For smug KSM, federal court could be perfect arena
Saturday, November 14, 2009
When two planes struck the twin towers of the World Trade Center in Manhattan on Sept. 11, 2001, Khalid Sheik Mohammed was sitting in an Internet cafe in Karachi, Pakistan, monitoring the attacks. At first, Mohammed later told CIA interrogators, he was disappointed. He said that he expected the towers to crumble immediately and that he feared they might not fall at all.
After the towers came down, Mohammed returned to a hideaway flat in the city. There, according to newly disclosed details from U.S. officials, he and a number of associates, including Ramzi Binalshibh, al-Qaeda's liaison with the Sept. 11 hijackers, gathered to watch coverage on international news channels.
Through the night in Pakistan, the men embraced repeatedly in celebration, marveling at their spectacular success and the humbling of the American giant.
More than eight years later, Mohammed, a detainee at Guantanamo Bay, Cuba, will soon be transferred to federal court in Manhattan, returning to a city that officials say he visited as a tourist while a student in North Carolina in the 1980s. The man widely known as KSM will arrive in New York as the most striking symbol of the Obama administration's effort to close the military prison at Guantanamo Bay. He is also a central figure in the debate over harsh interrogation techniques, which were used repeatedly on Mohammed in a bid to force him to divulge intelligence -- which can now be invoked at his trial.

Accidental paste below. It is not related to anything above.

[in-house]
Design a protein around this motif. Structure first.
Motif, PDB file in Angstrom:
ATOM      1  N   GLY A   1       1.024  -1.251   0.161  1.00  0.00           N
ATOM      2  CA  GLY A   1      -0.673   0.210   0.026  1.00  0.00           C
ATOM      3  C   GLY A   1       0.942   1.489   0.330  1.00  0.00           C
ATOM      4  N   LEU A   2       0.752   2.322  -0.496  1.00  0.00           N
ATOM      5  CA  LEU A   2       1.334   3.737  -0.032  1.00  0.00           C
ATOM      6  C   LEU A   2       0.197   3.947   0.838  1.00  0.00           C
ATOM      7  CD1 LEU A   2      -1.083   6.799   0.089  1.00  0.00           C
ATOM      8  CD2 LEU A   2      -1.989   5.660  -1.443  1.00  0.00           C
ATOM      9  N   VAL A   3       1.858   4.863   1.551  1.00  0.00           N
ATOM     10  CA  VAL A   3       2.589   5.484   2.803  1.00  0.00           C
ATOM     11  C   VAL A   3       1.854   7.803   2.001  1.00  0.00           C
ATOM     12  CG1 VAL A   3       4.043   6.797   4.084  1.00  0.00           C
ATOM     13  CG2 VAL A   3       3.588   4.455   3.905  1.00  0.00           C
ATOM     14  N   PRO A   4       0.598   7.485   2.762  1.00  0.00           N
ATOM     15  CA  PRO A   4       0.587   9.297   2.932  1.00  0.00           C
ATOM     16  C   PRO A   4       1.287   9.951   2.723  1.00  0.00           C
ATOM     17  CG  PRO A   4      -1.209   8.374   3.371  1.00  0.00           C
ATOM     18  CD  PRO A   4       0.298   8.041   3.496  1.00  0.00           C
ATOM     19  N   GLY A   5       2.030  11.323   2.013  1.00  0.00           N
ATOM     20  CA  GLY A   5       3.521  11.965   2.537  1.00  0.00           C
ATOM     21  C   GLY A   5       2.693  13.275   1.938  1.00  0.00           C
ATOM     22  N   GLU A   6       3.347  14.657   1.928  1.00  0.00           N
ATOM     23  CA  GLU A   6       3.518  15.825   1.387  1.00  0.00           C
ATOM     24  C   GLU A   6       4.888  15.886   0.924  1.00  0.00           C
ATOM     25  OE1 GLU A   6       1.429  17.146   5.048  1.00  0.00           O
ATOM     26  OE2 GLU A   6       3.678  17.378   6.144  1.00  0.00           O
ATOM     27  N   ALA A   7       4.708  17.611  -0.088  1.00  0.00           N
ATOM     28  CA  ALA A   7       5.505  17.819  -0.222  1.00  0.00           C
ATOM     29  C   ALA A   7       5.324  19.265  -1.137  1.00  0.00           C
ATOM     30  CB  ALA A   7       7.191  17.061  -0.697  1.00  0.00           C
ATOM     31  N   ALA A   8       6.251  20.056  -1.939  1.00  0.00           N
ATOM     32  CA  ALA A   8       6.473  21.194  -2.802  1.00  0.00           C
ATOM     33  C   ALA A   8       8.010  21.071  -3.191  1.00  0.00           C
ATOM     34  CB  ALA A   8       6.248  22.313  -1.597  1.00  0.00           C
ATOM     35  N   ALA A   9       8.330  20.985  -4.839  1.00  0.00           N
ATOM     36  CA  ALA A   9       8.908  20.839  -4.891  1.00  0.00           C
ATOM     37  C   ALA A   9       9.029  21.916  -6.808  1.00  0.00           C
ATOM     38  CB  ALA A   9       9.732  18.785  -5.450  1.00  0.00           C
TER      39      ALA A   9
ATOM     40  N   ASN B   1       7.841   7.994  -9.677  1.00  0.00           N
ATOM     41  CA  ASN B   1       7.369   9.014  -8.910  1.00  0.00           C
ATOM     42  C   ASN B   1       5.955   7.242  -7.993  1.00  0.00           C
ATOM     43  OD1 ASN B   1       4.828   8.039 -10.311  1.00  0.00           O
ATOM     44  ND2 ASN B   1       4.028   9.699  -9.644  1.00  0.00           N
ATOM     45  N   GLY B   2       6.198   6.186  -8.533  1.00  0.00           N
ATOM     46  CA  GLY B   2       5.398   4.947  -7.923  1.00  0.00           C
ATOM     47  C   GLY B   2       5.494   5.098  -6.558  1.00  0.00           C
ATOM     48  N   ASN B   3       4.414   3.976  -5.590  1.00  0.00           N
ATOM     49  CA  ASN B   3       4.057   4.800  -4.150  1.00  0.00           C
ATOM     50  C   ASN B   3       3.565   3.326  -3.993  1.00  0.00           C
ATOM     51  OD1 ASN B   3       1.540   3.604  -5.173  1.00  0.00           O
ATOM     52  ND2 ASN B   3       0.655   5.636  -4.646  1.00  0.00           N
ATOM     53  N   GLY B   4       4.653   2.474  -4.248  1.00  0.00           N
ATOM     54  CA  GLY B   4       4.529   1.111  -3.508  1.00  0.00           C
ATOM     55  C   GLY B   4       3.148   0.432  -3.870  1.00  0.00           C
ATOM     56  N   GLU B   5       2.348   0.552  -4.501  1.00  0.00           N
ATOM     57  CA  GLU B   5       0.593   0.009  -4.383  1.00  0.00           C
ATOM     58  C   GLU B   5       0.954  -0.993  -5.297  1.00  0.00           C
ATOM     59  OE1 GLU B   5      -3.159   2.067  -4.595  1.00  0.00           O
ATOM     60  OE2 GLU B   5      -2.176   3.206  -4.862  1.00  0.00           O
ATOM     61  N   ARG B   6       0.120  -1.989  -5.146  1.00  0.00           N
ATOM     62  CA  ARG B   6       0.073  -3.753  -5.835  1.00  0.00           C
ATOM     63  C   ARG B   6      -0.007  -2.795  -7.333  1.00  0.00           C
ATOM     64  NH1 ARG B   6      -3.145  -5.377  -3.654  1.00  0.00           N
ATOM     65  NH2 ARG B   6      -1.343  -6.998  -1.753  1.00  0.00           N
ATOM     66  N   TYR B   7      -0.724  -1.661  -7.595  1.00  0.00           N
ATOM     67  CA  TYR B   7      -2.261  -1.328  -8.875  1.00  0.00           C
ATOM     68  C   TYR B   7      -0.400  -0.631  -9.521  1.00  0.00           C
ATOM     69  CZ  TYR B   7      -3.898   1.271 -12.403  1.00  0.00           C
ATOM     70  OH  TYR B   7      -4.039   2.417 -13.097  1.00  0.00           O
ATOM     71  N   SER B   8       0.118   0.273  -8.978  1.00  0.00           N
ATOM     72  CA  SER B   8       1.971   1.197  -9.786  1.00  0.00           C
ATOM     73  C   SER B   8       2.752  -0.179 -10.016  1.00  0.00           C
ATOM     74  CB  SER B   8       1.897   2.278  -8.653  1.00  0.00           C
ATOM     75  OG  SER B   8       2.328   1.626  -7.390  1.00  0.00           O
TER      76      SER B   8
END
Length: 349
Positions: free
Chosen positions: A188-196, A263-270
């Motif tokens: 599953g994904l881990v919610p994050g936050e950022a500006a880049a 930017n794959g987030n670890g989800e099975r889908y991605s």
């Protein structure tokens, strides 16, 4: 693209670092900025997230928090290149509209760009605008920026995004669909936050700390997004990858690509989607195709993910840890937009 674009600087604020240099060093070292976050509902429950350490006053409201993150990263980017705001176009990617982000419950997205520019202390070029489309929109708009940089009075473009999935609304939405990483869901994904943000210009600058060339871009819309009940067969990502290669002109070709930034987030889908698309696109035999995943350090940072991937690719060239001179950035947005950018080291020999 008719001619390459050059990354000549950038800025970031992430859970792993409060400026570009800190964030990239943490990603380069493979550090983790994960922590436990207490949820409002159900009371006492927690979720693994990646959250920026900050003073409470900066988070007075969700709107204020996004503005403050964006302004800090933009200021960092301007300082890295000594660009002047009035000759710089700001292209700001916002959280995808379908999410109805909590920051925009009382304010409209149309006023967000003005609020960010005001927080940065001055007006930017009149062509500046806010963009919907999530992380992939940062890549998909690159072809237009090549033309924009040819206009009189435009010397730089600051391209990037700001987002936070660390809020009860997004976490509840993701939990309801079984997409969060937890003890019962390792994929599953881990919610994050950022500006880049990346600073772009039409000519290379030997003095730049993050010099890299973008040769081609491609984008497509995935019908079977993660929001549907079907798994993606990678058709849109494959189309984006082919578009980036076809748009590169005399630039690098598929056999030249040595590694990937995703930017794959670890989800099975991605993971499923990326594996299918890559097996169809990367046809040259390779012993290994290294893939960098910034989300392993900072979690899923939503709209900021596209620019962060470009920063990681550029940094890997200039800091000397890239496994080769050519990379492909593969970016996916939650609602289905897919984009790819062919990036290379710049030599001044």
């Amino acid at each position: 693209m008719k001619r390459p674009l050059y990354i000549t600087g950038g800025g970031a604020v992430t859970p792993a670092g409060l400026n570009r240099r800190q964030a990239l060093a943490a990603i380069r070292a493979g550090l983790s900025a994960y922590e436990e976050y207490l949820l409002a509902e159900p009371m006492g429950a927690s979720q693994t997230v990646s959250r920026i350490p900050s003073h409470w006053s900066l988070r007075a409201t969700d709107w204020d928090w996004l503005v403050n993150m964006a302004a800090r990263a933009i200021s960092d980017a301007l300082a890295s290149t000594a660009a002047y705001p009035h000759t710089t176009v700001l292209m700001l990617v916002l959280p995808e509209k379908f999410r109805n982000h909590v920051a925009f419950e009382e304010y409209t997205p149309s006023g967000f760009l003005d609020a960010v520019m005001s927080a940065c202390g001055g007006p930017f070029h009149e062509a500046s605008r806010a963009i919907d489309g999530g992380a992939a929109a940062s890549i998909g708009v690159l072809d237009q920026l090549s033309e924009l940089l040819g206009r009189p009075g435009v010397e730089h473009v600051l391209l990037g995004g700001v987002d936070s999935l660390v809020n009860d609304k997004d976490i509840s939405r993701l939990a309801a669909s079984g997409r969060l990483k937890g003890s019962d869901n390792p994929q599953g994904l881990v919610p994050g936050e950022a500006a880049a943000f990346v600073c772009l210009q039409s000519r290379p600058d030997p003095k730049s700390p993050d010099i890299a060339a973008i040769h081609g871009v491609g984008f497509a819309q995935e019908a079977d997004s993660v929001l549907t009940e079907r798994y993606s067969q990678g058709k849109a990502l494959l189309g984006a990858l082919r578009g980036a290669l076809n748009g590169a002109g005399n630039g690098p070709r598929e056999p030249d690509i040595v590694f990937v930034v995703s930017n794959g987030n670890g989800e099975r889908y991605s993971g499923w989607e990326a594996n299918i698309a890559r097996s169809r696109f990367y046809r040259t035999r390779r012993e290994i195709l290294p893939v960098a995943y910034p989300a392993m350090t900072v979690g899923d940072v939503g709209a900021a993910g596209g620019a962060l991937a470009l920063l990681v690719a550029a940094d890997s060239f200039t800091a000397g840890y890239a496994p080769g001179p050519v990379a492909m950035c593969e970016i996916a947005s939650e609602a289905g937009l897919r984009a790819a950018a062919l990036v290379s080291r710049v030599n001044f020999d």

While at Guantanamo Bay, where he has been held since September 2006, Mohammed has said he wants to be executed so that he can die a martyr. It is unclear whether he will maintain that position in U.S. District Court. But his trial will probably chart the Sept. 11 attacks and their aftermath, from the conspiracy's beginnings in the mountains of Afghanistan, where Mohammed proposed the plot in a meeting with al-Qaeda leader Osama bin Laden, to the dark recesses of the CIA's secret prisons, where he spent more than three years.
'I am the mastermind'
By all accounts, the spotlight during what would be the biggest terrorism trial in U.S. history would provide Mohammed, a man of no small ego, with the kind of attention he craves. A showman, he has reveled in a number of appearances at Guantanamo Bay, tossing self-aggrandizing broadsides from his perch at the front of a courtroom and then retreating into self-satisfied smiles.
"I know him well, and if he gets his way in federal court, it will be a circus," said Charles D. "Cully" Stimson, who was deputy assistant secretary of defense for detainee affairs in the Bush administration. "The court will have to rein in his speechifying and keep the focus on his criminal behavior."
The 9/11 Commission Report, discussing Mohammed's terrorist ambitions, called him a "self-cast star."
"I am the mastermind of 9/11, not Osama bin Laden," he said in one court hearing.
His vanity has also surfaced. He once complained that a courtroom sketch artist had drawn his nose too big. The rendering of the proboscis was adjusted.
Mohammed, 44, was born in Kuwait, the third son of Pakistani immigrants drawn to the oil-rich emirate, where his father became the imam of a mosque serving Pakistanis. Mohammed said he was a radical from a young age, asserting in a statement he gave to the CIA after his capture that he and nephew Ramzi Yousef -- convicted in the 1993 attack on the World Trade Center -- had torn down the Kuwaiti flag at their elementary school.
By 16, Mohammed had joined the Muslim Brotherhood, an Islamist group, and become "enamored of violent jihad at youth camps in the desert," according to a detailed profile in the 9/11 Commission Report.